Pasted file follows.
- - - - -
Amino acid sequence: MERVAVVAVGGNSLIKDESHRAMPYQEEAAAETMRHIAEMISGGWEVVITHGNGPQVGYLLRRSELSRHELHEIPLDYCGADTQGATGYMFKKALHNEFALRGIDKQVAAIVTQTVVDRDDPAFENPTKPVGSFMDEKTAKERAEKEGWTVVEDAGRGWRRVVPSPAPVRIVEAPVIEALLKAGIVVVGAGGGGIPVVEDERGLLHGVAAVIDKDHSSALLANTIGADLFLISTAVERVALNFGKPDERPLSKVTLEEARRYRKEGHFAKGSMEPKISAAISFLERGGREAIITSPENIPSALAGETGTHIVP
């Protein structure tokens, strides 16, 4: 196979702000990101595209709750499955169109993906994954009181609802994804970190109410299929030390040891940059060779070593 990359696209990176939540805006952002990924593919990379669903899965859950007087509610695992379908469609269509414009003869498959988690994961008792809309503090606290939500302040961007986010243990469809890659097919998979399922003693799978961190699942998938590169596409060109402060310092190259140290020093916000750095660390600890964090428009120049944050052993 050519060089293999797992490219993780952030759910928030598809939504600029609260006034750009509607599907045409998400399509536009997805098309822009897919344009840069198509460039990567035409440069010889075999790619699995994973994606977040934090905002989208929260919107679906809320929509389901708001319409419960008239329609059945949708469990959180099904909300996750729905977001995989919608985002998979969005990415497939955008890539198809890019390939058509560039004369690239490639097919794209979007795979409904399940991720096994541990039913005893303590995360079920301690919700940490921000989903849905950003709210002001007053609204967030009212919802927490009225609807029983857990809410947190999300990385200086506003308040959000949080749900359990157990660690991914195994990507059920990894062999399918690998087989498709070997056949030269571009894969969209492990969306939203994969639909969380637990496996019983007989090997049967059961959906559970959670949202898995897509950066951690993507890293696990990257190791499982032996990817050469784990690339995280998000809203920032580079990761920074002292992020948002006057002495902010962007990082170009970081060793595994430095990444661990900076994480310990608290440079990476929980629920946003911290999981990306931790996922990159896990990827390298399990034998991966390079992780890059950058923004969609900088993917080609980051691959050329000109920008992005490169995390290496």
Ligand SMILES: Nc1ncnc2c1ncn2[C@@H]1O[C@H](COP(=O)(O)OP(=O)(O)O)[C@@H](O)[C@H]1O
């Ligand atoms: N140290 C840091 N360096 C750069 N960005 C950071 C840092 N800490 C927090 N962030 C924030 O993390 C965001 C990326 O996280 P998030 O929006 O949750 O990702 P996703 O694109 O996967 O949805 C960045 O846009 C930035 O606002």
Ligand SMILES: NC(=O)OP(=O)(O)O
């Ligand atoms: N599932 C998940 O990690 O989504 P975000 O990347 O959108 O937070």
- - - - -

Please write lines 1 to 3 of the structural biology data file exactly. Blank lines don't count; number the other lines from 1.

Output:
Amino acid sequence: MERVAVVAVGGNSLIKDESHRAMPYQEEAAAETMRHIAEMISGGWEVVITHGNGPQVGYLLRRSELSRHELHEIPLDYCGADTQGATGYMFKKALHNEFALRGIDKQVAAIVTQTVVDRDDPAFENPTKPVGSFMDEKTAKERAEKEGWTVVEDAGRGWRRVVPSPAPVRIVEAPVIEALLKAGIVVVGAGGGGIPVVEDERGLLHGVAAVIDKDHSSALLANTIGADLFLISTAVERVALNFGKPDERPLSKVTLEEARRYRKEGHFAKGSMEPKISAAISFLERGGREAIITSPENIPSALAGETGTHIVP
């Protein structure tokens, strides 16, 4: 196979702000990101595209709750499955169109993906994954009181609802994804970190109410299929030390040891940059060779070593 990359696209990176939540805006952002990924593919990379669903899965859950007087509610695992379908469609269509414009003869498959988690994961008792809309503090606290939500302040961007986010243990469809890659097919998979399922003693799978961190699942998938590169596409060109402060310092190259140290020093916000750095660390600890964090428009120049944050052993 050519060089293999797992490219993780952030759910928030598809939504600029609260006034750009509607599907045409998400399509536009997805098309822009897919344009840069198509460039990567035409440069010889075999790619699995994973994606977040934090905002989208929260919107679906809320929509389901708001319409419960008239329609059945949708469990959180099904909300996750729905977001995989919608985002998979969005990415497939955008890539198809890019390939058509560039004369690239490639097919794209979007795979409904399940991720096994541990039913005893303590995360079920301690919700940490921000989903849905950003709210002001007053609204967030009212919802927490009225609807029983857990809410947190999300990385200086506003308040959000949080749900359990157990660690991914195994990507059920990894062999399918690998087989498709070997056949030269571009894969969209492990969306939203994969639909969380637990496996019983007989090997049967059961959906559970959670949202898995897509950066951690993507890293696990990257190791499982032996990817050469784990690339995280998000809203920032580079990761920074002292992020948002006057002495902010962007990082170009970081060793595994430095990444661990900076994480310990608290440079990476929980629920946003911290999981990306931790996922990159896990990827390298399990034998991966390079992780890059950058923004969609900088993917080609980051691959050329000109920008992005490169995390290496």
Ligand SMILES: Nc1ncnc2c1ncn2[C@@H]1O[C@H](COP(=O)(O)OP(=O)(O)O)[C@@H](O)[C@H]1O